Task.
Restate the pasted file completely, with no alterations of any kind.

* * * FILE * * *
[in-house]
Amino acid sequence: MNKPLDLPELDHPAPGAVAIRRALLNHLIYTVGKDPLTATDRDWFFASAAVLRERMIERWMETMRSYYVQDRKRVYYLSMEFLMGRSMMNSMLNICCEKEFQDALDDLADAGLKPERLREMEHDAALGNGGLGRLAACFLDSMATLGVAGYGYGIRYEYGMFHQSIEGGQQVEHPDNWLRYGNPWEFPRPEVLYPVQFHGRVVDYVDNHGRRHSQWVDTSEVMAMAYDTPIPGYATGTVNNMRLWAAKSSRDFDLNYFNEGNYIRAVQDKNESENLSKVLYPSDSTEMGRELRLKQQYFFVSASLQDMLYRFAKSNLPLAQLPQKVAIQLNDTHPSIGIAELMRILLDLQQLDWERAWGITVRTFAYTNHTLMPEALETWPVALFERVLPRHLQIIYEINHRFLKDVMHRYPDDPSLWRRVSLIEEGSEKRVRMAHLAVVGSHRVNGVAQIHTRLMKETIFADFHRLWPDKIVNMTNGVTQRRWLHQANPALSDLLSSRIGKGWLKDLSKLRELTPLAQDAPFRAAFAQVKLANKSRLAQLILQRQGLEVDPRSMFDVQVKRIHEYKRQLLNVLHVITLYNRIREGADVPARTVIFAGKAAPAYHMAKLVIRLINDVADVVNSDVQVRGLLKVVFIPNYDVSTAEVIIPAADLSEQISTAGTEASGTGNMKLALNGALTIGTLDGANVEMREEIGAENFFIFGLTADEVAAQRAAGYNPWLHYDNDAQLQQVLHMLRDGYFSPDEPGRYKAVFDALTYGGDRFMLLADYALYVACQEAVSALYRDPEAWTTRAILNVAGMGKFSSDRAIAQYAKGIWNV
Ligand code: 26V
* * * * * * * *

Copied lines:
[in-house]
Amino acid sequence: MNKPLDLPELDHPAPGAVAIRRALLNHLIYTVGKDPLTATDRDWFFASAAVLRERMIERWMETMRSYYVQDRKRVYYLSMEFLMGRSMMNSMLNICCEKEFQDALDDLADAGLKPERLREMEHDAALGNGGLGRLAACFLDSMATLGVAGYGYGIRYEYGMFHQSIEGGQQVEHPDNWLRYGNPWEFPRPEVLYPVQFHGRVVDYVDNHGRRHSQWVDTSEVMAMAYDTPIPGYATGTVNNMRLWAAKSSRDFDLNYFNEGNYIRAVQDKNESENLSKVLYPSDSTEMGRELRLKQQYFFVSASLQDMLYRFAKSNLPLAQLPQKVAIQLNDTHPSIGIAELMRILLDLQQLDWERAWGITVRTFAYTNHTLMPEALETWPVALFERVLPRHLQIIYEINHRFLKDVMHRYPDDPSLWRRVSLIEEGSEKRVRMAHLAVVGSHRVNGVAQIHTRLMKETIFADFHRLWPDKIVNMTNGVTQRRWLHQANPALSDLLSSRIGKGWLKDLSKLRELTPLAQDAPFRAAFAQVKLANKSRLAQLILQRQGLEVDPRSMFDVQVKRIHEYKRQLLNVLHVITLYNRIREGADVPARTVIFAGKAAPAYHMAKLVIRLINDVADVVNSDVQVRGLLKVVFIPNYDVSTAEVIIPAADLSEQISTAGTEASGTGNMKLALNGALTIGTLDGANVEMREEIGAENFFIFGLTADEVAAQRAAGYNPWLHYDNDAQLQQVLHMLRDGYFSPDEPGRYKAVFDALTYGGDRFMLLADYALYVACQEAVSALYRDPEAWTTRAILNVAGMGKFSSDRAIAQYAKGIWNV
Ligand code: 26V